For nine months, I was in a serious relationship with a man who seemingly understood and supported my needs as a chronic Lyme patient. And then, suddenly and without warning, I wasn’t. He decided he was done and simply informed me of his choice; I had no say in the matter.

Had the breakup happened mutually, or at least over time—with the discussion and effort we’d promised each other—it still would have been difficult, but at least I would have had some agency. And for a patient of chronic illness, that’s not a small thing.

Having the bottom drop out on my personal and emotional life was a sad reminder of the ways it had dropped out on me physically, many times. The chronically ill, and people who suddenly become sick or injured, are stripped of agency. It happens when we get sick without warning, when we can’t control how or if we’ll get better, when we’re dismissed by medical professionals. As a result, it’s that much more frustrating when we can have a say about something, but aren’t granted it.

Everyone deserves a voice. I learned this years ago as a summer camp counselor. During counselor meetings we would discuss issues campers were having due to behavioral challenges. A wise colleague taught us that every child needs four things: love, safety, fun, and power. When one of those basic needs is threatened, kids act out. I readily understood why children need love, safety, and fun. But I realized they need power, too, because they are often told what they can and cannot do; they don’t feel like they have a say over their lives. Giving them agency makes them feel more in control. Campers were less likely to break cabin rules if they helped create them.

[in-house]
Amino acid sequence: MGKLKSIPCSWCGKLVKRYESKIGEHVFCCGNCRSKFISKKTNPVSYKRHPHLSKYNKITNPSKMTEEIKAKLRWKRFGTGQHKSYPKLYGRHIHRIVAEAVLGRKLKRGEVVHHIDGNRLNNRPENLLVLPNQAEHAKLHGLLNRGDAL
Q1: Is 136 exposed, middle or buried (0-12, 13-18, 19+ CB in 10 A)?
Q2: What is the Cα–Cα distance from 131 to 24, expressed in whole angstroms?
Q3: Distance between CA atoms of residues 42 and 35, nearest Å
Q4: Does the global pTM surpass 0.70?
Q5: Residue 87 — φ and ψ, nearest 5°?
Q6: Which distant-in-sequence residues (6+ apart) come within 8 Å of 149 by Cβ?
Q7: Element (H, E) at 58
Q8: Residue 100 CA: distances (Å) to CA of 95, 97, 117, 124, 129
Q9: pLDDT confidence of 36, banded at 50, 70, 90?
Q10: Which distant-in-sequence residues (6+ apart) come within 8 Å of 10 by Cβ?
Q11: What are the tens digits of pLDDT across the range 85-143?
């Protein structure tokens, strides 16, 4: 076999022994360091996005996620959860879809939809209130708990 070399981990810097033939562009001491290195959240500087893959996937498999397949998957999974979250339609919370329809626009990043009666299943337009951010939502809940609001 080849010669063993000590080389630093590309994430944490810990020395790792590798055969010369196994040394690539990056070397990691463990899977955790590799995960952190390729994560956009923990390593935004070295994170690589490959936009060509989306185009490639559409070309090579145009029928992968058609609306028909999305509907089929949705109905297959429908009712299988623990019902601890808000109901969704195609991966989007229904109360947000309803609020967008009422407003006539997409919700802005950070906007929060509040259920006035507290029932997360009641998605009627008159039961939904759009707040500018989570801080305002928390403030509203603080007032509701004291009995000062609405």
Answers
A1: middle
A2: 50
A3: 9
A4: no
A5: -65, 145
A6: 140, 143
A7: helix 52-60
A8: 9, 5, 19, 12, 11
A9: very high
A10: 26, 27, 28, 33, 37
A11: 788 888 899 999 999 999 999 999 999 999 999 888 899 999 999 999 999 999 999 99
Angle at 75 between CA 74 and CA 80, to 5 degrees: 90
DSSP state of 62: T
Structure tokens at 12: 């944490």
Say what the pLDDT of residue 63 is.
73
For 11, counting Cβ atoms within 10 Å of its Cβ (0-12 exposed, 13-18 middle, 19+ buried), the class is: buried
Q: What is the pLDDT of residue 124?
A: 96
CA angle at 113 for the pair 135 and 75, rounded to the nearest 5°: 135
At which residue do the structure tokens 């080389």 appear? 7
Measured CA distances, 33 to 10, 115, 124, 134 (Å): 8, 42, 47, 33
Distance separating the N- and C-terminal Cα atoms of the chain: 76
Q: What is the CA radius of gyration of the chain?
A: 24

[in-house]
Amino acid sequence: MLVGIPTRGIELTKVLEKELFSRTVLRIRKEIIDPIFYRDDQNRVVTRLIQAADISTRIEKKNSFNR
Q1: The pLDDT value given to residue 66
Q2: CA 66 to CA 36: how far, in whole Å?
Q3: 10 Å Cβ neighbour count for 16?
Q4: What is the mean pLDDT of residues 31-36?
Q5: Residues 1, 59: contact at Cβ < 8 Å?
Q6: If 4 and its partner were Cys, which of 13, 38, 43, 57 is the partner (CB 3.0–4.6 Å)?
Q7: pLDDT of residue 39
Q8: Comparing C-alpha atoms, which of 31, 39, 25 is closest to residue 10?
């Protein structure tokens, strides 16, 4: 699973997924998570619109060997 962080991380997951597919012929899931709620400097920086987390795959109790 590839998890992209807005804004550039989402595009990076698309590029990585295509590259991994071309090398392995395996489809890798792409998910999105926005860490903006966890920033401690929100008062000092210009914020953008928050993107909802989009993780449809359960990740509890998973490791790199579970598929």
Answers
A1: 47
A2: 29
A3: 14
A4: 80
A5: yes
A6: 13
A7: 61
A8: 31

When a Lyme Literate Medical Doctor (LLMD) finally put the pieces of my medical puzzle together and made an accurate diagnosis of Lyme disease—in addition to the co-infections babesia and ehrlichiaI at last felt I was heard and validated. Treatment was long and arduous and I had little control over how I felt day to day, but as I regained strength, I also regained agency. Over time, I could rely on my body more. I eventually knew when I would have good energy and when I wouldn’t, and learned habits to promote the good energy. I learned to speak up for my needs. Tick-borne illnesses were no longer completely running my life.

Then the bottom dropped out again: I relapsed. I fell into a pit of despair, not only because I was physically back at ground zero, but because I’d had no say in getting there. Sure, I’d taken on a lot and gotten overly stressed, factors that I now know can play a role in relapse. But the relapse itself was not my doing. That was up to the spirochetesthat ran rampant in my body. I hated that I was once again at the whim of my illnesses, not of my own free will. I couldn’t work, live independently, exercise or do anything I wanted to do, and I railed against that loss of freedom.

Cognitive behavioral therapy helped me to take control over little things, even though so much was out of my hands. I had no say as to whether the antibiotics would work, how long it would take for me to get well, or if I even would. But I could control choices that would help my chances of my achieving remission. I could parse out my energy. I could limit screen time that riled up my neurological symptoms. I could eat healthy foods. I could say no to going somewhere or doing something when I didn’t feel well enough to do so.

And I could say no even if I did feel well enough to do something. One night during my recovery, my parents invited me out to dinner. It was a sweet and generous offer. They were surprised when I declined, because I seemed to have good energy that night. Why wouldn’t I go out if I could? But I didn’t want to go out to dinner. I wanted to stay home and have a little time to myself, maybe call a friend. Making decisions about what I wanted to do, instead of feeling like I had to do something just because I could, was an important way of maintaining agency.